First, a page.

The revision of the Liturgy of the Hours after Vatican II is intended to make this prayer more accessible and fruitful, and also to make it a source of devotion and nourishment for personal prayer (see SC 90). The hope of the Church in revising the Liturgy of the Hours is that it might “pervade and penetrate the whole of Christian prayer, giving it life, direction and expression and effectively nourishing the spiritual life of the people of God.”20 This being so, it is unfitting if this prayer is restricted almost entirely to the clergy and religious. The Church wishes the worship of the Hours to be celebrated in parishes, to serve as family prayer, and to be recited by laypeople generally.21

Any supposition of conflict between personal, private prayer and the Liturgy of the Hours must be rejected. By using the variants provided by the Church, the Liturgy of the Hours can be adapted; on the other hand, by conforming minds to voices, those who pray can adapt themselves to this Liturgy, as they ought to do. In doing this, the Liturgy of the Hours attains its full impact as a principle of Christian moral life: “If the prayer of the Divine Office becomes genuine personal prayer, the relation between the liturgy and the whole Christian life also becomes clearer. The whole life of the faithful, hour by hour during day and night, is a kind of leitourgia or public service, in which the faithful give themselves over to the ministry of love toward God and men, identifying themselves with the action of Christ, who by his life and self-offering sanctified the life of all mankind.”22 The Hours are the suitable and ecclesially provided formative prayer of the liturgy of life to which every Christian is called.

Many people would accept and enter into the Liturgy of the Hours more willingly if they were not put off by the psalms, which are its backbone. They need to be reminded that these songs are divinely given; the Spirit provides them for us to use to respond to God’s other revelations of himself. Moreover, the psalms contain all of the basic spiritual attitudes which we must seek to cultivate: humility, meekness and resignation, detachment, faithfulness, mercy, yearning for perfection, the will to make peace, and the surrender of oneself to the will of God.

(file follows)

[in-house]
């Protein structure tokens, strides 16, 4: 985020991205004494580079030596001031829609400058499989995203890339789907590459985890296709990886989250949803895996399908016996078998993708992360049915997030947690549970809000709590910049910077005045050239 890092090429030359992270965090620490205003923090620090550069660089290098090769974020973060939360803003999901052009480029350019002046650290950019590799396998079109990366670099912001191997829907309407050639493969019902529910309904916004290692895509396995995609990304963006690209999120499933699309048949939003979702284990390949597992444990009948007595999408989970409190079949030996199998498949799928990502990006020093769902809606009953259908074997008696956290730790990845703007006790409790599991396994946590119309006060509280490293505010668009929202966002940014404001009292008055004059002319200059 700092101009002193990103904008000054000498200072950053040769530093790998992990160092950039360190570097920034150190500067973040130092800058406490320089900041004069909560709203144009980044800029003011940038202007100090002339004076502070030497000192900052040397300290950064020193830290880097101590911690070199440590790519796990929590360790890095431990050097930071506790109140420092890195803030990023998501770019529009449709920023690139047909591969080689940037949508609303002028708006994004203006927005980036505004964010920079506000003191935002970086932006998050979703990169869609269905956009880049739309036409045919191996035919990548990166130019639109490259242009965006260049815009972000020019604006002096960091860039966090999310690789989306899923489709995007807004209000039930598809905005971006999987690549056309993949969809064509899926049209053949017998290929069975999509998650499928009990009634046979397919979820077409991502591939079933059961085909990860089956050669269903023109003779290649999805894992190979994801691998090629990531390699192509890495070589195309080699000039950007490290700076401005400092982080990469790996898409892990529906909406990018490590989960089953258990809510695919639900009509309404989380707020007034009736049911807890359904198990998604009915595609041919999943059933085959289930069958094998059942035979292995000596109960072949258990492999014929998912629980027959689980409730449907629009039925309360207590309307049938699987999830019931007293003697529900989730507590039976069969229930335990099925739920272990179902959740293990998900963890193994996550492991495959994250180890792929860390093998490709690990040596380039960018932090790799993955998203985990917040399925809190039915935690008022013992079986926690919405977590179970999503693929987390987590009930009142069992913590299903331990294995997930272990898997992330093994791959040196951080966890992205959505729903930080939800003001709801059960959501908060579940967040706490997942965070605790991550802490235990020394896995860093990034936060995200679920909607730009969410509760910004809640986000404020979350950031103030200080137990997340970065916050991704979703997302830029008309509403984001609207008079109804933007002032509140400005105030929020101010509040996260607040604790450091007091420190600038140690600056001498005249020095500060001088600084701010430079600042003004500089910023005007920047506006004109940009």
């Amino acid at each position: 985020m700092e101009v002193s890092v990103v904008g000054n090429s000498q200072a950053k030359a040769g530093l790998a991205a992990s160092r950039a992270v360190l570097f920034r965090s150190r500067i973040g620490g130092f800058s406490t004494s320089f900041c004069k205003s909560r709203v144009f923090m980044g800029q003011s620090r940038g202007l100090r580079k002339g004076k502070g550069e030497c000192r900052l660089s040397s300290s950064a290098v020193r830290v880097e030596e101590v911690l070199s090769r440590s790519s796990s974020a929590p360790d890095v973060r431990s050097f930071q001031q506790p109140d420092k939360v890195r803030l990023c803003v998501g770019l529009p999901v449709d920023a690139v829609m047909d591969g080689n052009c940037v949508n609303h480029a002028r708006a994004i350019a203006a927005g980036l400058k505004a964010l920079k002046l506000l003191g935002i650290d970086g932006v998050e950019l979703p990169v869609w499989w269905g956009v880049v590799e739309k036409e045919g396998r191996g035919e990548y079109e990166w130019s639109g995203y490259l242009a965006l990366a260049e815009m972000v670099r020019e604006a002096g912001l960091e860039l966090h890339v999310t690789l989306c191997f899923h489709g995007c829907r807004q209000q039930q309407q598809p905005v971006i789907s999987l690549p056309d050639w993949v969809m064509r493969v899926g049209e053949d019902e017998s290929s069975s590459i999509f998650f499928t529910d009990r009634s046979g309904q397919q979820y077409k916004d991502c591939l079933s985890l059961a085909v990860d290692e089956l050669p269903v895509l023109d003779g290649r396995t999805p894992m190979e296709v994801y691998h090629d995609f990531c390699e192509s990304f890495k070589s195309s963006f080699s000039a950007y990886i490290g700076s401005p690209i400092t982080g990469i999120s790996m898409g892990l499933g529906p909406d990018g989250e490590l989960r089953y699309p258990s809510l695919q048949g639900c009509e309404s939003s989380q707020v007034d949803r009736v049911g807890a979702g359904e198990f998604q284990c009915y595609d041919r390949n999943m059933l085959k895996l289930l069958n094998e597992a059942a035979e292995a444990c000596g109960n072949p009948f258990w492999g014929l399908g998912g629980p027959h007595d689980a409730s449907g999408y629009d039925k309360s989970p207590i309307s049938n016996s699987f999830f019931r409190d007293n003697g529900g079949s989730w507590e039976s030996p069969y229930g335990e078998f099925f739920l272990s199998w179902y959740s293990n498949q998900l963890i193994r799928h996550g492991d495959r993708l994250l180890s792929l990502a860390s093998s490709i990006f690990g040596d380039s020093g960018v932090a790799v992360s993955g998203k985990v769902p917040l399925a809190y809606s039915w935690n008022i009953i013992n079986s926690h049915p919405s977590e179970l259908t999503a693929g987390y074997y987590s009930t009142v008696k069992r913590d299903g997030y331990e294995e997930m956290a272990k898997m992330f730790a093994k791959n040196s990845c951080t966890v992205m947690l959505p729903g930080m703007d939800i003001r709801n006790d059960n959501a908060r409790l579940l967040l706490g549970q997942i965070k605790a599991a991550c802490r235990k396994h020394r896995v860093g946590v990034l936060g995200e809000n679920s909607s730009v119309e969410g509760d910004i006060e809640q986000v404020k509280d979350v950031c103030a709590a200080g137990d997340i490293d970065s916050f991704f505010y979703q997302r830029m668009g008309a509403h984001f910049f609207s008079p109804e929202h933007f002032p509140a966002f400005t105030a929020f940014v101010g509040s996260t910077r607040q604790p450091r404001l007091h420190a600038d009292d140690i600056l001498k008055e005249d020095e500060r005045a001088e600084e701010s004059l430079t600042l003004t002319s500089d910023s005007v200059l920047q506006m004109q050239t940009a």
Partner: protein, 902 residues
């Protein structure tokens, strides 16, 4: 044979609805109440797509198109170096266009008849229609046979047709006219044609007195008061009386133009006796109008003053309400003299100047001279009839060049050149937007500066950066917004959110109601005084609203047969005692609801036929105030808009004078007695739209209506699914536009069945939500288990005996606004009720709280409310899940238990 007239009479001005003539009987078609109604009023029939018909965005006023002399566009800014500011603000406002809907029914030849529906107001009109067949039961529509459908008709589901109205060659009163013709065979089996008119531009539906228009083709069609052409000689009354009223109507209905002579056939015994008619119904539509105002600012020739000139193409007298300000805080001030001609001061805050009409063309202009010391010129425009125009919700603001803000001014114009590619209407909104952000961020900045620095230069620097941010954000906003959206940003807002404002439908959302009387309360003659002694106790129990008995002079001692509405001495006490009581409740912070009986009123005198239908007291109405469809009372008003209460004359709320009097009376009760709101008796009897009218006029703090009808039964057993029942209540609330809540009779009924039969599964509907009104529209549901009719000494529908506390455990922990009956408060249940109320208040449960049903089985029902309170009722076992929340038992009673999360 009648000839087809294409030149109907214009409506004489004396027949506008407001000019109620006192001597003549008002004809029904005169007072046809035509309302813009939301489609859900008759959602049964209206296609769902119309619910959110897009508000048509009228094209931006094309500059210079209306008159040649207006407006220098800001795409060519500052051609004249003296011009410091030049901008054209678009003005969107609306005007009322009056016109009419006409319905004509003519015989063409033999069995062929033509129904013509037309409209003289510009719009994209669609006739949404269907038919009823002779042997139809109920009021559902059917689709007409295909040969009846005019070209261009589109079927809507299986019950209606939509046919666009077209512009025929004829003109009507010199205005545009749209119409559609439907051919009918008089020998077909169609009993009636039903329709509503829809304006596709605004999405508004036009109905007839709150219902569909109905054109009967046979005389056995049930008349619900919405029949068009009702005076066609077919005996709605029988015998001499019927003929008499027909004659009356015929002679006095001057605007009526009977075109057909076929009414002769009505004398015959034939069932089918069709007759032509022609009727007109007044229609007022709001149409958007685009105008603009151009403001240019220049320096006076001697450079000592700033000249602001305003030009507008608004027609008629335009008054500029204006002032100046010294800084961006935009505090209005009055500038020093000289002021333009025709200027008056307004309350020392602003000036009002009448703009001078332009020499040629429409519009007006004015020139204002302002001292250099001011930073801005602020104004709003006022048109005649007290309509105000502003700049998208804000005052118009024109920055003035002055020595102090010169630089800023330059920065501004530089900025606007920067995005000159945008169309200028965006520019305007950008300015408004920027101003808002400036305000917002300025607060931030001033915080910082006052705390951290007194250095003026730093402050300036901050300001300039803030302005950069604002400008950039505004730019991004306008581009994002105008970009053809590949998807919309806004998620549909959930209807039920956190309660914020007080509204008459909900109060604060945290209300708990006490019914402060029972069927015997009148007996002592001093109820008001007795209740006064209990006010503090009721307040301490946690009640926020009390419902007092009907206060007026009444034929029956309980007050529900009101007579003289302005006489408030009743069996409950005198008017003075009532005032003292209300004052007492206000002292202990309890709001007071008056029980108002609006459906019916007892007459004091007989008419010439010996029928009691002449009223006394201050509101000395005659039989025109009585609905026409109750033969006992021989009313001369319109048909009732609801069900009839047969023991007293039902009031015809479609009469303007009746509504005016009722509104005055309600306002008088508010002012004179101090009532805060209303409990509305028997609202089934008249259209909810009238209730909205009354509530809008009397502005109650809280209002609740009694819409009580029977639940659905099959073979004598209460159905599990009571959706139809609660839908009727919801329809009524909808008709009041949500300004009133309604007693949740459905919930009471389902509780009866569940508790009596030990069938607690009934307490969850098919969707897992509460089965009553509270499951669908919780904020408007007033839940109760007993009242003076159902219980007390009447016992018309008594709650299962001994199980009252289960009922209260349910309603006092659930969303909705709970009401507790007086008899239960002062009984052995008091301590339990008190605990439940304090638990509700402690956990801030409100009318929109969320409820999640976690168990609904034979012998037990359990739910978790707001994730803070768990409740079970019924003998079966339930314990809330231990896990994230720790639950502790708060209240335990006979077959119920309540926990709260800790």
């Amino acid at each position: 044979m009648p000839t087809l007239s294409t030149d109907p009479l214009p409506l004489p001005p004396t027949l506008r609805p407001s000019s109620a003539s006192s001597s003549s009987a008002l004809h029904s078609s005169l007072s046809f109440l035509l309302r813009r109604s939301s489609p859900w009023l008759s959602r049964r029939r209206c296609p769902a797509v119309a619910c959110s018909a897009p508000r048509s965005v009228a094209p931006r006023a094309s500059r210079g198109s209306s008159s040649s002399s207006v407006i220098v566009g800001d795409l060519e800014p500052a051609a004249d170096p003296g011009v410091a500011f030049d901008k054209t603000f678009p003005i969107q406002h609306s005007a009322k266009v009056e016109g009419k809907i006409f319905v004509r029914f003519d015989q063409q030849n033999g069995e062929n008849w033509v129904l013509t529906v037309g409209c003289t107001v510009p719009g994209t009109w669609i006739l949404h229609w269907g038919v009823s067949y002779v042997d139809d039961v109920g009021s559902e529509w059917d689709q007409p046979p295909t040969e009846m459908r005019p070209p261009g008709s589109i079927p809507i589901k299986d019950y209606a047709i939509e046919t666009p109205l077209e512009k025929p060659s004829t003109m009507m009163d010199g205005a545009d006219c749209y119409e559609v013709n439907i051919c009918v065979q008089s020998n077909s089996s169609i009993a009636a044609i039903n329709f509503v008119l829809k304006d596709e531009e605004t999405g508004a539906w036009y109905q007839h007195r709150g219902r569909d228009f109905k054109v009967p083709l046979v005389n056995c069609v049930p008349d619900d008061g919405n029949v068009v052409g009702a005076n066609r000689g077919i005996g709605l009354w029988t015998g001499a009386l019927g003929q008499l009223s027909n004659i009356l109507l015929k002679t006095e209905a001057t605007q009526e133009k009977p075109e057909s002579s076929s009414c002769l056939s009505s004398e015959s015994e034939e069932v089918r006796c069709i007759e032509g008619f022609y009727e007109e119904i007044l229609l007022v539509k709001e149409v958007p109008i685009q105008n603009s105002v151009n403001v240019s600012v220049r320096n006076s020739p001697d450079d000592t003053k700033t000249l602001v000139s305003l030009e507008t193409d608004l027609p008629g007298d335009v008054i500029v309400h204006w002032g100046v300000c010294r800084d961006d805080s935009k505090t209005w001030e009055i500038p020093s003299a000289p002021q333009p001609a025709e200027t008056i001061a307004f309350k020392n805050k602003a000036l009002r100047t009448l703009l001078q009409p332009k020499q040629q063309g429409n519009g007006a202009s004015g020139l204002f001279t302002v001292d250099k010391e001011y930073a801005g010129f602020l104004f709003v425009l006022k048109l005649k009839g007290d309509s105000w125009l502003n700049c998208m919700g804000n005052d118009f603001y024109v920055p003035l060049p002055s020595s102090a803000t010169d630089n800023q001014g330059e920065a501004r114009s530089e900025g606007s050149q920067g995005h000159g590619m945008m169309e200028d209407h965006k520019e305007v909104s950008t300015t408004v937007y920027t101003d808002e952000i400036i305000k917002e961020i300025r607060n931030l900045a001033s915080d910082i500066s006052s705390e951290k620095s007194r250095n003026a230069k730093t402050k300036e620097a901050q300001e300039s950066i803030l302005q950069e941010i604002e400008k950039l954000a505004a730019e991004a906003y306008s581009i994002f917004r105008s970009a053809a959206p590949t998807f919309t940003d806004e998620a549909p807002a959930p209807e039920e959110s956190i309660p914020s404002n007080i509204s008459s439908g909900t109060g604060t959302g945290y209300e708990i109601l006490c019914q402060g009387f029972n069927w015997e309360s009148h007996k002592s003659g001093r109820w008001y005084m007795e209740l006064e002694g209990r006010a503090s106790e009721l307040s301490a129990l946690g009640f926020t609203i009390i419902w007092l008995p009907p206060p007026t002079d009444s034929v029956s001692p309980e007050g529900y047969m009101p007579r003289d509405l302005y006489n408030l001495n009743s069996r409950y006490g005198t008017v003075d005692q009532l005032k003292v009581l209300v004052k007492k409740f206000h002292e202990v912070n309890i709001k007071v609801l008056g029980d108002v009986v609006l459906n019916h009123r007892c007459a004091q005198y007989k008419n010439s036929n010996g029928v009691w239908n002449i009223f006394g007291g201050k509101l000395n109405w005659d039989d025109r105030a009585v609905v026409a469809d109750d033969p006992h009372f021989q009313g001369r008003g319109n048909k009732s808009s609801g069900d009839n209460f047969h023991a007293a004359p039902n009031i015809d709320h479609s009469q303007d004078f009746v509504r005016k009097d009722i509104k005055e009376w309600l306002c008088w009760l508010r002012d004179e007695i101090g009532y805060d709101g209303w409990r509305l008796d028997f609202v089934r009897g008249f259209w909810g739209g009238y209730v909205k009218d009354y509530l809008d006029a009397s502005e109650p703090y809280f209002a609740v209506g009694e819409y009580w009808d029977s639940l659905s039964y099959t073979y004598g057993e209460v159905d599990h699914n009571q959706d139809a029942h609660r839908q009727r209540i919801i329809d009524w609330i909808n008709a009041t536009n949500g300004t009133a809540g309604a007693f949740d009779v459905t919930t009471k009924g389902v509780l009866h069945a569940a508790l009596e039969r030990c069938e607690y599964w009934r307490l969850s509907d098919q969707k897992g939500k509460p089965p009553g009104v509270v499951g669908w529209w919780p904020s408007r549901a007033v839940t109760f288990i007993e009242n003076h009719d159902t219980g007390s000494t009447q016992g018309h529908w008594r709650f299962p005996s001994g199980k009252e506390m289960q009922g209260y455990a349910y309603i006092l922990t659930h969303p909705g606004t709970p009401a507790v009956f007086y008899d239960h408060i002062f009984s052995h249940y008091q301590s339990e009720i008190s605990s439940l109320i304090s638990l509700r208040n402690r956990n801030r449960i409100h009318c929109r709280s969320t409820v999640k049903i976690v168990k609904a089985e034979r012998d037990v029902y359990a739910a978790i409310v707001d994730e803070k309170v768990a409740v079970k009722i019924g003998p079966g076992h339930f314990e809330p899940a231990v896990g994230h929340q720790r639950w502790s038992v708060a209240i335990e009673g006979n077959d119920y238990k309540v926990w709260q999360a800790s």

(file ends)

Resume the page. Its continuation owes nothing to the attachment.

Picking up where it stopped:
The Liturgy of the Hours is entrusted in a special way to those in holy orders. They must say it for and on behalf of those they are called to serve. Moreover, in the Liturgy of the Hours they can find not only a source of devotion and strengthening of personal prayer, but nourishment for pastoral and apostolic activity. No one who hopes for apostolic fruitfulness should forget that success depends primarily upon the Holy Spirit, and so is most effectively achieved by prayer, rather than by anything else one might choose to do. Finally, since the Liturgy of the Hours is service of the word, faithfulness to it ensures the reception of the word, with its life and power, into the lives of those who ponder it.23

17. Apostolic Constitution on and the General Instruction of the Liturgy of the Hours, Liturgy of the Hours, 1:29.

18. Ibid., 17.

19. Ibid., 9 and 31–34.

20. Ibid., 16.

21. Ibid., 34, 36, and 39.

22. Ibid., 18.

23. Ibid., 37–38.